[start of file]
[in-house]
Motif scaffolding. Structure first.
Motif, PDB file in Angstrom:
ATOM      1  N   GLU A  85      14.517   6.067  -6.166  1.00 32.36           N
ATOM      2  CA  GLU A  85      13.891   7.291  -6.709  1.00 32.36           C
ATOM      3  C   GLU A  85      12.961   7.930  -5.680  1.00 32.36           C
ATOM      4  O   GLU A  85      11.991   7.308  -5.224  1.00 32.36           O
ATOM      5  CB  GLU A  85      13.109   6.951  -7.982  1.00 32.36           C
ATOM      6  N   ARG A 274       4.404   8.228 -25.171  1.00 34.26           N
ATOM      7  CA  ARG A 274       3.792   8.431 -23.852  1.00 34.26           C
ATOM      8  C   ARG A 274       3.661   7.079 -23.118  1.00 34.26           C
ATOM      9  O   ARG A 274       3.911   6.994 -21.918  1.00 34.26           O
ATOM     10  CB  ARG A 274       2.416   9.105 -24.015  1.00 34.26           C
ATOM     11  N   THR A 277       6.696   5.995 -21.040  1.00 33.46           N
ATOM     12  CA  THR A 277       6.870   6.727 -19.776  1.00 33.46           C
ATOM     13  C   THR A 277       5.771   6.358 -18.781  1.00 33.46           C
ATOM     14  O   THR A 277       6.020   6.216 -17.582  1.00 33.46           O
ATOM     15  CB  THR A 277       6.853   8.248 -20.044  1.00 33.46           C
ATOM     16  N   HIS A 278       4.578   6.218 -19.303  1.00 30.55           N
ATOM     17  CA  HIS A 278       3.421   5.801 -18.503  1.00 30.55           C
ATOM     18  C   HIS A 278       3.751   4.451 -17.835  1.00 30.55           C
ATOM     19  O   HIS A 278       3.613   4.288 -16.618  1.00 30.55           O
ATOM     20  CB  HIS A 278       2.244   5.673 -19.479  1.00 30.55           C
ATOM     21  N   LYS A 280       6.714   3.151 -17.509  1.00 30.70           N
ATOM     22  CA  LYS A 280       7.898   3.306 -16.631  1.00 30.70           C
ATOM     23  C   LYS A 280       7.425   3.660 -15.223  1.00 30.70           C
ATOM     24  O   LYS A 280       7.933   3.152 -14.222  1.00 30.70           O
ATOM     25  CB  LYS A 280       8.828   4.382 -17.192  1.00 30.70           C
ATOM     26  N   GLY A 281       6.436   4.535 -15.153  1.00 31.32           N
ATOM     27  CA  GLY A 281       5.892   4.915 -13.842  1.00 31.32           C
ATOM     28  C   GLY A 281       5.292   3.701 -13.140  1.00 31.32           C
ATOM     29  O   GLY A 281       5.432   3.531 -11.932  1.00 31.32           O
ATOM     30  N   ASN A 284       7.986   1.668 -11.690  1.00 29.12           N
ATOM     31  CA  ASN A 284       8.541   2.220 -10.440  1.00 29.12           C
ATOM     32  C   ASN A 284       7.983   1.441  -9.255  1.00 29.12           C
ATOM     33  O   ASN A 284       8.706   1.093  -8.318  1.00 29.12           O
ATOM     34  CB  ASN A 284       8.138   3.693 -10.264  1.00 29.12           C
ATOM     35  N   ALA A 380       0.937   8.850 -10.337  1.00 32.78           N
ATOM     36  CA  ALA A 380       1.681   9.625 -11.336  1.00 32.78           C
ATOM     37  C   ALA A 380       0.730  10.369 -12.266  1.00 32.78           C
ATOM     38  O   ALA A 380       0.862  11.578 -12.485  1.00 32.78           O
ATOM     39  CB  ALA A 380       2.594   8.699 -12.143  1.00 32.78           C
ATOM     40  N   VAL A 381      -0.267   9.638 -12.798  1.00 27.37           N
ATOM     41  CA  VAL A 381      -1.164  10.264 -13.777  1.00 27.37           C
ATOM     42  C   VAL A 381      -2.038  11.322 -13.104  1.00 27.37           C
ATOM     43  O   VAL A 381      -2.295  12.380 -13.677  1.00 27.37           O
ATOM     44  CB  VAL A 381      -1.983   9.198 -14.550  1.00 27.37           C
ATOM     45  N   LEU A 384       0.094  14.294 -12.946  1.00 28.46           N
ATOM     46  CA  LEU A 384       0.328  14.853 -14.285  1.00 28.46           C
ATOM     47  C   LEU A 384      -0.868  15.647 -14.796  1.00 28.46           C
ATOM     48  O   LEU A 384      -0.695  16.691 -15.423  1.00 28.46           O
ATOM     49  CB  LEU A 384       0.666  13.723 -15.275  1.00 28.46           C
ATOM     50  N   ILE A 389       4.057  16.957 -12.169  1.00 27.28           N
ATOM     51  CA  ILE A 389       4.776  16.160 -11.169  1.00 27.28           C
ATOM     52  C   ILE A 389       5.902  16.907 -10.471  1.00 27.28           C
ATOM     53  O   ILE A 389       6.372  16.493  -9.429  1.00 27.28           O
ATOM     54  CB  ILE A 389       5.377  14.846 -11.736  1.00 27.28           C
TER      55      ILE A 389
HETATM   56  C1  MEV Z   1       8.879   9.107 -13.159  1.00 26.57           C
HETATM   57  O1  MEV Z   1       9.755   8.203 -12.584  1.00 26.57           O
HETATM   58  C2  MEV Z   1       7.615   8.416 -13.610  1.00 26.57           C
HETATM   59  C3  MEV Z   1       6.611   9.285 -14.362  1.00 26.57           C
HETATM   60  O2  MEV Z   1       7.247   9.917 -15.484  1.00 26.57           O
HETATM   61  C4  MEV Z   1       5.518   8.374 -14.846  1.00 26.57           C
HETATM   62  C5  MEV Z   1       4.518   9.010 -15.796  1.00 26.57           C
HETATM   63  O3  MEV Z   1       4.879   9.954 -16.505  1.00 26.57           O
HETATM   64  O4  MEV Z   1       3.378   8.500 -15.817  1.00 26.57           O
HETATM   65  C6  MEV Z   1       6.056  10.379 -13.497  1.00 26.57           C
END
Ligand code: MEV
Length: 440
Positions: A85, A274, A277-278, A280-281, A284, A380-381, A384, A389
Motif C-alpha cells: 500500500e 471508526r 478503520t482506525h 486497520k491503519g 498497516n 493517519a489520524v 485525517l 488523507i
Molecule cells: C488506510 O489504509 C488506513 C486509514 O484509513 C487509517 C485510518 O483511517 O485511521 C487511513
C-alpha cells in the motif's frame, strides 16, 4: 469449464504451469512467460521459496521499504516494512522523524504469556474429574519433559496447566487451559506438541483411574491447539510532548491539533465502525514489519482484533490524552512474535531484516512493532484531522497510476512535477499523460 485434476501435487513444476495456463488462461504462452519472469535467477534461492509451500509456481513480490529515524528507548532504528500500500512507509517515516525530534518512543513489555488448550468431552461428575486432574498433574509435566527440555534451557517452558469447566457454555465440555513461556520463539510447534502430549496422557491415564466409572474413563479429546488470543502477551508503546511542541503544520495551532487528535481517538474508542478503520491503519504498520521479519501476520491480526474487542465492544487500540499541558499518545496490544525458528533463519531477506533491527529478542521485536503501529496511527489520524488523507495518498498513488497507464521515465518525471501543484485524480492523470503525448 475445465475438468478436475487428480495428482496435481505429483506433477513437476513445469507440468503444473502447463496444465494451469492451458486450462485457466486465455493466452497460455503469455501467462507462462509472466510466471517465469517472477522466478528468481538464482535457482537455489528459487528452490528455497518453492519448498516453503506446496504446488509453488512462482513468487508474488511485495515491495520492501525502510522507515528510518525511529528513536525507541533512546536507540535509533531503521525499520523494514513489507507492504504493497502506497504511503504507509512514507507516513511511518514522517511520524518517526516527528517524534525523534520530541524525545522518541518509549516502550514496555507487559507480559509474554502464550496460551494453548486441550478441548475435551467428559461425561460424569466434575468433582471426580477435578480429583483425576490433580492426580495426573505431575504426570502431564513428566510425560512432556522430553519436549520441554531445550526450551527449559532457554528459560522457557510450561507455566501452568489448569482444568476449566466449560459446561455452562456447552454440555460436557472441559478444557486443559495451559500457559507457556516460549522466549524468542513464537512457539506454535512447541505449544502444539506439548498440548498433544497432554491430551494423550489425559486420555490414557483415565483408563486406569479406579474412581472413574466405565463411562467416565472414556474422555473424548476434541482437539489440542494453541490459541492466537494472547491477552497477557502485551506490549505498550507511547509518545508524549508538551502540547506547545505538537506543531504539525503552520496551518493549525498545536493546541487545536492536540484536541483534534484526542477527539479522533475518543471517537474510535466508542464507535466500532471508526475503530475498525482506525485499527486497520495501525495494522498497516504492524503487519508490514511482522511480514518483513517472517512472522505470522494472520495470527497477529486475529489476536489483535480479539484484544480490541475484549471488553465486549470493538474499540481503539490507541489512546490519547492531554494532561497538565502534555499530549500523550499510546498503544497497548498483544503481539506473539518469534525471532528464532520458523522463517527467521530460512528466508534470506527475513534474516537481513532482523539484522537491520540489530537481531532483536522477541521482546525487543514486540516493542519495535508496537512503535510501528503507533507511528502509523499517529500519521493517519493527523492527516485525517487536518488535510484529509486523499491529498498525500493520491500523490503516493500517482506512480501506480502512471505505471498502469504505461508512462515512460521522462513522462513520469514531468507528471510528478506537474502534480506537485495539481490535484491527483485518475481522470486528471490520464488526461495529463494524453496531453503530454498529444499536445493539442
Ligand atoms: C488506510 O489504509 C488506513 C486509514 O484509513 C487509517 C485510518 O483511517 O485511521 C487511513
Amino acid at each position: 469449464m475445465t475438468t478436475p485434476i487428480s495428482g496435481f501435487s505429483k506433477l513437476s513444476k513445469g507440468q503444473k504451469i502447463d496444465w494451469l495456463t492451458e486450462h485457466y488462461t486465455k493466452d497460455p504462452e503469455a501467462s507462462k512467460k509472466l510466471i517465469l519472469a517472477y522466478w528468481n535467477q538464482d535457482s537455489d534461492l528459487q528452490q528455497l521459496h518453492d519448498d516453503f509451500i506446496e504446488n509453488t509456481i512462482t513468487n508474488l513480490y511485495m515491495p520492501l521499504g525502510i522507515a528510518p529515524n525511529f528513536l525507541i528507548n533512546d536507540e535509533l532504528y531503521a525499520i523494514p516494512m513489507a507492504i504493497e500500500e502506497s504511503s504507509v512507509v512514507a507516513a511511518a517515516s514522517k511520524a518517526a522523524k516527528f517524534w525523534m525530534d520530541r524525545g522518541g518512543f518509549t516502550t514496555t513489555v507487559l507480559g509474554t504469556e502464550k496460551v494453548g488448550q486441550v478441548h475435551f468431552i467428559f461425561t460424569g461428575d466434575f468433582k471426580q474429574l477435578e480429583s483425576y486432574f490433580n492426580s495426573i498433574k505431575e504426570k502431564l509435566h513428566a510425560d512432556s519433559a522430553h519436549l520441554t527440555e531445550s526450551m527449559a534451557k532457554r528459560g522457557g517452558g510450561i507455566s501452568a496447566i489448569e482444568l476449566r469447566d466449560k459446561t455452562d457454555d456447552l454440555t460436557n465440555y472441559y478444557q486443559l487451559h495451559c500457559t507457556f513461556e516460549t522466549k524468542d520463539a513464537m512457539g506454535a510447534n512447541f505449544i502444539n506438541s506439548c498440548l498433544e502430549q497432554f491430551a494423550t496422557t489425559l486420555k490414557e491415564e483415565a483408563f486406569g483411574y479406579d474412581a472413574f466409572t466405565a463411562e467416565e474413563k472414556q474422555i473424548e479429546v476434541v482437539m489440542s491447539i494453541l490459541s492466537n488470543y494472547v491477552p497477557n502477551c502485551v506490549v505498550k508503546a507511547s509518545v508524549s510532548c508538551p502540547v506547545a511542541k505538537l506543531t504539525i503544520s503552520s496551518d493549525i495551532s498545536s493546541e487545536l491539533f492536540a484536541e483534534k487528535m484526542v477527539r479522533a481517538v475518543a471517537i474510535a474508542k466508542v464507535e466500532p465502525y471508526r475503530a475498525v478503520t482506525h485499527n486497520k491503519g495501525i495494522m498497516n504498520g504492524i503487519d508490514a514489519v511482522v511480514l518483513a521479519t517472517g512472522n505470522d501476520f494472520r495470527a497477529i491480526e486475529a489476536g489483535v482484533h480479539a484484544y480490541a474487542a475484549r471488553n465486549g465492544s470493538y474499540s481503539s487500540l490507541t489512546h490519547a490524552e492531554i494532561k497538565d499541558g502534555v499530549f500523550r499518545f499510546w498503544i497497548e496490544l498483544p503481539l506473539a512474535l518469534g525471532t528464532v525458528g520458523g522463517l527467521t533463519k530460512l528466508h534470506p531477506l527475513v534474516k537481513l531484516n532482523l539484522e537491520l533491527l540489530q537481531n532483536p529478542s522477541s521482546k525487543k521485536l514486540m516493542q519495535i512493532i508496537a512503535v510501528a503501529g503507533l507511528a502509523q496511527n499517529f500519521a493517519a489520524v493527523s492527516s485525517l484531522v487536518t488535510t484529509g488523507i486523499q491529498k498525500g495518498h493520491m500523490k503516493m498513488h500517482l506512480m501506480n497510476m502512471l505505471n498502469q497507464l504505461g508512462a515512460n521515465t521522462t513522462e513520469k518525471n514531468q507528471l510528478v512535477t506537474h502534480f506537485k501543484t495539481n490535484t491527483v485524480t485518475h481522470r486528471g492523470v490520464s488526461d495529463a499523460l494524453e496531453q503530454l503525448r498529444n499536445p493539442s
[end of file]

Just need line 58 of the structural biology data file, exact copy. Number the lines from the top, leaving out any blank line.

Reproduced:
TER      55      ILE A 389